European Football Special – Real Madrid Crowned La Liga Champions for 34th Time


After a season that has been interrupted by the Coronavirus and a row with one of his best players, Zinedine Zidane and Real Madrid have been crowned La Liga champions for a record 34th time.

Since the global COVID-19 lockdown, the most decorated club in domestic Spanish football history added the latest La Liga title to their collection after 10 straight victories gave them the title, eclipsing a stuttering Barcelona side for whom Lionel Messi may have scored his 700th career goal but as a team looked light in certain areas of the pitch at crucial moments.

Madrid’s victory is all the more impressive given Barcelona’s recent dominance. In the 30 years since 1990, Los Blancos have won only nine title including this latest win, paling into insignificance when cast against the luminous 16 titles that have gone the way of their Catalan rivals.

Zidane’s side, however, have been imperious, building on a phenomenal defensive record of conceding just 23 goals compared to the 46 they shipped last season with one game to go.

In attack, Real have been exciting to watch, led by the skillful Benzema, and flanked largely by players such as Eden Hazard and Vinicius Junior. They are tough to penetrate, yet threatening at the other end of the pitch.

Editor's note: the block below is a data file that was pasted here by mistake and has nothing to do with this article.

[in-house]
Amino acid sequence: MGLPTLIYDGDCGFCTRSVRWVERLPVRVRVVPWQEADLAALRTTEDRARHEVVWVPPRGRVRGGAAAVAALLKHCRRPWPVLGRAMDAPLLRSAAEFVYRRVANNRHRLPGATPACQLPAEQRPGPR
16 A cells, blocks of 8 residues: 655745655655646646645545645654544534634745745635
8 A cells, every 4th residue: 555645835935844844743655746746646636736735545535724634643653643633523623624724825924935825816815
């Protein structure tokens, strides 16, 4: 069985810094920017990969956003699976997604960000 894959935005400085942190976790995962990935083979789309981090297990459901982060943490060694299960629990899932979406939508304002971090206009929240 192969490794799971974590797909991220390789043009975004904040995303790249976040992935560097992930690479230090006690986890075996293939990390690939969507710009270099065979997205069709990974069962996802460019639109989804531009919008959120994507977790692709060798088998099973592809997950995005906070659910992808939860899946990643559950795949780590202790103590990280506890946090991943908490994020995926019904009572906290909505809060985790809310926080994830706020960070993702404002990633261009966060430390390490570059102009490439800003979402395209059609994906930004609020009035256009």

With happy players like Thibaut Courtois and Raphael Varane returning to something like their best form in seasons which may have defined their Real Madrid careers in the opposite manner had they fallen below standard, Real have also been able to call on the defensive nous and titanic leadership of Sergio Ramos. Two back-to-back 1-0 victories just when the title was on the line were sealed via penalties scored by Ramos himself. 

The only blot on an otherwise harmonious landscape is Gareth Bale. Marooned in a stand-off against Zidane that threatens to see the last years of a glittering career spent sitting on the Madrid bench with a face mask over his eyes instead, Bale is the elephant that Zidane seemingly can neither placate or shift without extremely heavy lifting.

The Welsh legend and the man who sealed Madrid’s Champions League victory in two of their recent finals is unwanted by Zidane, but on a mammoth contract worth a rumoured €400,000 per week. No clubs is going to be able to offer him that amount to take him away from the Bernabeu, and Madrid wanted a fee last summer to send him off to China.

The deal failed to materialise.

Bale has still played the odd game, but a dozen appearances across a season where most other clubs in the world would have him starting every game looks from the outside like a circus trick gone wrong. Bale is happy to play the clown on a million Euros per month.

Despite this incredible success, Madrid are not at the end of their season. They lost the first leg of their Champions League tie at home to Manchester City 2-1, conceding two way goals, but a two-goal victory (or 3-2 or better) win at the Etihad might not be beyond them.

Here what happened in that first leg:

With their captain Sergio Ramos suspended for that tie, Los Blancos’ prospects looks bleak, but what price a Gareth Bale winner?

That really would be the story to end them all in a season that will always be remembered by Madrid fans – for good reasons and bad.